Latest research shows that giving adolescent girls estrogen treatments to keep them from getting too tall could leads to fertility problems later on in life . Estrogen is thought to limit height by altering long bone development.
The study involved 780 women who had been assessed for estrogen therapy as girls and completed a fertility survey later in life. About half had actually been treated with estrogen, and the other half was not treated. Overall, women who had been given estrogen as girls were 80-percent more likely to have been unsuccessful in achieving pregnancy after a year of trying, 80-percent more likely to have consulted with a doctor about fertility problems, and twice as likely to have taken fertility drugs. While most of these women did manage to finally become pregnant, they were 40-percent less likely to conceive in any given menstrual cycle when they were trying to become pregnant than women who didn't take estrogen.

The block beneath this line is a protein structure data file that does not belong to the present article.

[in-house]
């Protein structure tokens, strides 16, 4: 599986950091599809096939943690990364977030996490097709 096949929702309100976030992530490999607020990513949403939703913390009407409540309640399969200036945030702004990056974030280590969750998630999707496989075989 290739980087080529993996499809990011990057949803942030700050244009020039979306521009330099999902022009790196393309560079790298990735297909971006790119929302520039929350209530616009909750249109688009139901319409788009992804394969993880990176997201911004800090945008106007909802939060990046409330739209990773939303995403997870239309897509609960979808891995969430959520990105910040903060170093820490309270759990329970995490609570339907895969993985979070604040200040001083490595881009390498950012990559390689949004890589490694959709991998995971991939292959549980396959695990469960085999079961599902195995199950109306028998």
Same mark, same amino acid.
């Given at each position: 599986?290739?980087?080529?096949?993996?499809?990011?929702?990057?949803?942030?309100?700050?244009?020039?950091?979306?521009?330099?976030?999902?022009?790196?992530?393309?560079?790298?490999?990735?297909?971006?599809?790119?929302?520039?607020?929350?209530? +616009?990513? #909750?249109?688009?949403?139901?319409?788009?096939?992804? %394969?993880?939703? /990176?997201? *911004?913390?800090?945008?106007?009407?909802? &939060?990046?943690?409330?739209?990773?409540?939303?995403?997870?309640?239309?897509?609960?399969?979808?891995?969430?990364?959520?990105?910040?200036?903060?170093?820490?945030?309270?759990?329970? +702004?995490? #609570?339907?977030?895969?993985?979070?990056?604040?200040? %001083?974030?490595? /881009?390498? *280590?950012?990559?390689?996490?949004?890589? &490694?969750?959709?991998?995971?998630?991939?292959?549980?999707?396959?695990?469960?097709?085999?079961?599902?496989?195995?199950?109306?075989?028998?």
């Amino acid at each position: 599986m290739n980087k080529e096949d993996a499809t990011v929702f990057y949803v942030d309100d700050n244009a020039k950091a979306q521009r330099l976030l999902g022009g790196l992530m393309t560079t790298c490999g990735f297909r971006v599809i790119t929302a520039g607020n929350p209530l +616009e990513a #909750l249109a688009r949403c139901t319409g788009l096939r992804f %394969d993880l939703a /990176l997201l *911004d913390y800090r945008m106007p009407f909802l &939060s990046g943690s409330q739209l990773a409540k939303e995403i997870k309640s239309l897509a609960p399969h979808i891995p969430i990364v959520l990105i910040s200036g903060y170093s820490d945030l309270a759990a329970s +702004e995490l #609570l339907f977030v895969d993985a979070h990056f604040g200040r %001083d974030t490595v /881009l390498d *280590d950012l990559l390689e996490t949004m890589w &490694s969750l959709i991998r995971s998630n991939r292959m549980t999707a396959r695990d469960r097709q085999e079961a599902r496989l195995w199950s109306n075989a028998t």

Researchers say their findings indicate that exposure to high-dose estrogens in adolescence is associated with impaired fertility in later life. However researchers also say that fewer girls today are receiving this treatment, as tall stature in women has now gained greater social acceptance.